POLICY

See also:

IMPORTANT REMINDERS

ADDITIONAL INFORMATION

The published evidence from peer-reviewed literature on minimally invasive bariatric surgery procedures is insufficient to form conclusions on their impact on health outcomes. While the short-term weight loss is similar to gastric bypass, the complications rates, especially nutritional complications, may be higher. Therefore, these procedures remain investigational.

SOURCES

American Association of Clinical Endocrinologists, The Obesity Society, and American Society for Metabolic and Bariatric Surgery. (March 2013) Clinical practice guidelines for the perioperative nutritional, metabolic, and nonsurgical support of the bariatric surgery patient - 2013 update. Retrieved July 21, 2015 from: http://www.guideline.gov/content.aspx. (NCG#010217)

American Society for Gastrointestinal Endoscopy/ American Society for Metabolic and Bariatric Surgery Task Force on Endoscopic Bariatric Therapy. (2011). A pathway to endoscopic bariatric therapies. Gastrointestinal Endoscopy, 74 (5), 943-953.

American Society for Metabolic and Bariatric Surgery. (2009). Position statement on emerging endosurgical interventions for the treatment of obesity, Surgery for Obesity and Related Diseases. 5 (2009), 297-298.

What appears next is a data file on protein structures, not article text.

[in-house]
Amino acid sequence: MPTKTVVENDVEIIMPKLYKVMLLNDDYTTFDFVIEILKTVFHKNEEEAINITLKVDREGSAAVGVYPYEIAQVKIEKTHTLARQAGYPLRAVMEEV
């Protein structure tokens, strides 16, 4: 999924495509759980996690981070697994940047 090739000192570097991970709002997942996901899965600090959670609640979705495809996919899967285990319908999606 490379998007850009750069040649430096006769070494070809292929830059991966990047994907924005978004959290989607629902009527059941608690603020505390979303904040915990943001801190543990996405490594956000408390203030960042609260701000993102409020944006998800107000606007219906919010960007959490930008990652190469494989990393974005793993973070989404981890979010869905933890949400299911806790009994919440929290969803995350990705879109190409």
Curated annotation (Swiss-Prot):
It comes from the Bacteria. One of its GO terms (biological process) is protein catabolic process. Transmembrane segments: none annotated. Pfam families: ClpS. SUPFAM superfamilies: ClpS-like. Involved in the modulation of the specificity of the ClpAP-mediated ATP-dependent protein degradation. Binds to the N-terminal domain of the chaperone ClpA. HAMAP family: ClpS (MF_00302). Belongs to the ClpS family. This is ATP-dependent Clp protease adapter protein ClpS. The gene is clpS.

American Society for Metabolic and Bariatric Surgery. (2011). Policy statement on gastric plication. Retrieved November 25, 2013 from: https://s3.amazonaws.com/publicASMBS/GuidelinesStatements/PolicyStatment/Rev_Gastric+Plication+Statement_10.06.11.pdf.

BlueCross BlueShield Association. Medical Policy Reference Manual. (2:2016) Bariatric Surgery. (7.01.47) Retrieved March 20, 2016 from: BlueWeb. (135 articles and/or guidelines reviewed)

Bolton, J., Gill, R., Al-Jahdali, A., Byrns, S., Shi, X., Birch, D. and Karmali, S., (2012) Endoscopic revision (StomaphyX) versus formal surgical revision (Gastric Bypass) for failed vertical band gastroplasty. Journal of Obesity. Vol. 2013, Article ID 108507. (Level 4 evidence)

California Technology Assessment Forum. (May 2015). Controversies in obesity management. May 26, 2015. Retrieved July 21, 2015 from: http://www.ctaf.org/. (477 articles and/or guidelines reviewed)

Center for Medicare and Medicaid Services. CMS.gov (1987) National Coverage Determination (NCD) for gastric balloon for treatment of obesity (100.11). Retrieved March 20, 2016 from: https://www.cms.gov.

Center for Medicare and Medicaid Services. CMS.gov (1987) National Coverage Determination (NCD) for bariatric surgery for treatment of morbid obesity (100.1). Retrieved March 20, 2016 from: https://www.cms.gov